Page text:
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The 9 Patch Dilemma

Hand quilting a 9 patch quilt © Stephanie Boon, 2015 www.DawnChorusStudio.com

Hello, hello, how are you this Sunday?  I’m feeling a bit more lively than I have done all week. I’ve spent most of it asleep or curled up under a quilt nursing a throbbing head cold, boooo!  It finally seems to be on the wane and I’m hopeful I can manage a few hours concentration this afternoon: I’ve got my 9 patch Summer Blues quilt back in the hoop.

Hand quilting a 9 patch quilt © Stephanie Boon, 2015 www.DawnChorusStudio.com

Hand quilting today

Your Summer what?!  Hmm, I confess it’s been a long time heading towards a finish. Some 7 years or so for such a simple 9 patch quilt.  Ahem. Too many things have been more exciting!

'Summer Blues' (9 patch bed quilt in progress) ©Stephanie Boon 2014 www.dawnchorusstudio.com

Summer Blues

It’s not that I’ve fallen out of love with the old 9 patch (even if it is badly stitched), it has a lot of good memories. It was meant to mark the start of a new beginning after I separated from Kim’s dad after 23 years. It reminds me of sitting out in the garden hand piecing the 9 patch blocks and the excitement of choosing a few wonderful Kaffe Fassett fat quarters every week at my local store. It reminds me of summers, blue skies and the sea.

Procrastination

But… But I’ve been procrastinating about the quilting and that procrastination has ground me to a halt.  Should I just quilt in the ditch along the sashing and then across the 9 patch blocks and leave it at that?  Should I spend more time and try my hand at some feathers or scrolls in the sashing (something I’ve never done before)? Should I just do whatever’s quickest and get it finished?

Last year I finally bought some backing and got the quilt sandwich made (you can see the backing here). Then I made a start on quilting the ditches. And then I got sidetracked. And now it’s back in the hoop and I’m procrastinating again! What is wrong with me people?!?! I have this evil little voice in my head and it’s telling me to just get on with it until I can get over to the fabric store to buy more wadding and a backing for one of the improv tops I made recently. But would it be better to just concentrate on it and get it done? What would you do? I need help! (Obviously!!)

Hand quilting a 9 patch quilt © Stephanie Boon, 2015 www.DawnChorusStudio.com

Monochrome sample in the background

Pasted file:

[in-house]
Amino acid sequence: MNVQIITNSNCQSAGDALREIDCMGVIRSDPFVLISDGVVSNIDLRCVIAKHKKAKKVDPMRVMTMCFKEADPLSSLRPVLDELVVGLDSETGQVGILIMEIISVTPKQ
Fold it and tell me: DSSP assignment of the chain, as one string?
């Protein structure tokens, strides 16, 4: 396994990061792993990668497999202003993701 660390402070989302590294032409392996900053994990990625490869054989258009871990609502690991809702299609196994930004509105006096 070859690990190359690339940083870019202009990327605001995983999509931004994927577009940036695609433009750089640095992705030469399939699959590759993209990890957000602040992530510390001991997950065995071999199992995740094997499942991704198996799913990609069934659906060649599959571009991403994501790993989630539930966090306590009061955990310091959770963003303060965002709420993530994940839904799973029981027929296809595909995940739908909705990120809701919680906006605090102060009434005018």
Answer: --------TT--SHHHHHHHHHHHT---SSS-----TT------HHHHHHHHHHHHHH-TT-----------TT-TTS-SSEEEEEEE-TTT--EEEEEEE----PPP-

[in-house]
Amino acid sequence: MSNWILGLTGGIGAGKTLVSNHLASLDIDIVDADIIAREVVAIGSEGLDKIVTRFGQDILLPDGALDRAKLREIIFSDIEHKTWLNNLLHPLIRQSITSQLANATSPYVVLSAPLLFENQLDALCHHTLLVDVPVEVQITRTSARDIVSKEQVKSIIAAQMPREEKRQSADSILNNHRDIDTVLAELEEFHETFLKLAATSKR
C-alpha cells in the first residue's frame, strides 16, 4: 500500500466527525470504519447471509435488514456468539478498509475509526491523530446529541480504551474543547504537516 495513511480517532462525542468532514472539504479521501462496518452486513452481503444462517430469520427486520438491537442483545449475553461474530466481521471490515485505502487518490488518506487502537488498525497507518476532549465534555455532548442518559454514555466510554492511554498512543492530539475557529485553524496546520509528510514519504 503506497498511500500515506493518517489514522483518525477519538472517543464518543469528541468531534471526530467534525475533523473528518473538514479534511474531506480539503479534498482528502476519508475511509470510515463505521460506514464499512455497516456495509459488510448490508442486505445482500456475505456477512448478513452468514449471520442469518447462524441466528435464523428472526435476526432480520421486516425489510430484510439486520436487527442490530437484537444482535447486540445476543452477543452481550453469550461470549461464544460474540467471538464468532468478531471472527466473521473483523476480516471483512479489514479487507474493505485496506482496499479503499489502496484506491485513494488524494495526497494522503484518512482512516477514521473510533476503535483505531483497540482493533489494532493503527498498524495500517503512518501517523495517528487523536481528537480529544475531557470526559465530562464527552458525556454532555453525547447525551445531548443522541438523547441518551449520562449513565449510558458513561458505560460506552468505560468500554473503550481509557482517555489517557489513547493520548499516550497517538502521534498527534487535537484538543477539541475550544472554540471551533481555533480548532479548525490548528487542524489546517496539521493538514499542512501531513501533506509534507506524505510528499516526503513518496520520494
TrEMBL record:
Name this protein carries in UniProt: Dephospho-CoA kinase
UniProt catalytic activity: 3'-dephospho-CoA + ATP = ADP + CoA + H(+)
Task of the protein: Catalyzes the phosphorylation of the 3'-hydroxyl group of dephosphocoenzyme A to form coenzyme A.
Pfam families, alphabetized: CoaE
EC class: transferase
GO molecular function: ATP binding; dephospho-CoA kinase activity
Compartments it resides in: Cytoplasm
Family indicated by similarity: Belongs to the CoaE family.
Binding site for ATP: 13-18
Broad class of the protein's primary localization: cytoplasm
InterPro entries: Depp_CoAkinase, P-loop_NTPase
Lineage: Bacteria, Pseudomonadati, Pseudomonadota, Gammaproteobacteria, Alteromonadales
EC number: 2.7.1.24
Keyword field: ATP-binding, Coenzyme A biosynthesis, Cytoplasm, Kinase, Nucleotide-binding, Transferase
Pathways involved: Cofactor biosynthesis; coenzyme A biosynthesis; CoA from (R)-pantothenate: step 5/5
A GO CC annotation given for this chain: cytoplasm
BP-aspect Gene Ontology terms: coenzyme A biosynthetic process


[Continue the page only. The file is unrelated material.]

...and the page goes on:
Sampler

Other than procrastinating about my 9 patch I really haven’t accomplished much at all this week.  I took a few more stitches on my monochrome sampler (in the background of the picture above) and ripped lots of them out, convinced they were terrible. I chastised myself mightily for the variation in stitch size and the wonky curves and considered ripping the entire thing apart and setting fire to it.  On reflection I think the heavy cold may have been affecting both my work and my thoughts about it!  I’m still not convinced I shouldn’t rip the whole lot out though!  But then again, it is just a sample, so really, what does it matter?

Linking up with Kathy for Slow Sunday Stitching.  I hope you’ll head on over with me – and leave all the procrastination behind!

Happy stitching

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28 replies
  1. CathieJ
    CathieJ says:

    A sample means you get to experiment and learn and not really worry about the outcome. Enjoy the process. Get cracking on that nine-patch too. In the end you will be so happy that you did. It took me almost 20 years to finish hand-quilting my first queen-sized quilt. I was so happy when it was finished and so sorry that I hadn’t done so earlier. Enjoy your stitching.

    Reply
    • Stephie
      Stephie says:

      Thanks Cathie – I think that’s wise advice 🙂 This one was meant for my bed and the others I have in mind are lap quilts…or even to go on the wall! As simple as it is, I still love it and it will be so much better to have it in use than hidden away somewhere. It was never going to be of ‘show quilt’ standard, so what am I worrying about!

      Reply
  2. Lorna McMahon
    Lorna McMahon says:

    I remember you posting about this quilt previously. And I love it! Maybe it’s the simplicity of the nine patch blocks and how they show off those beautiful fabrics. Or perhaps it’s because blue is my favourite colour. Looking forward to reading what you decide for the quilting. Keep at it, Stephie!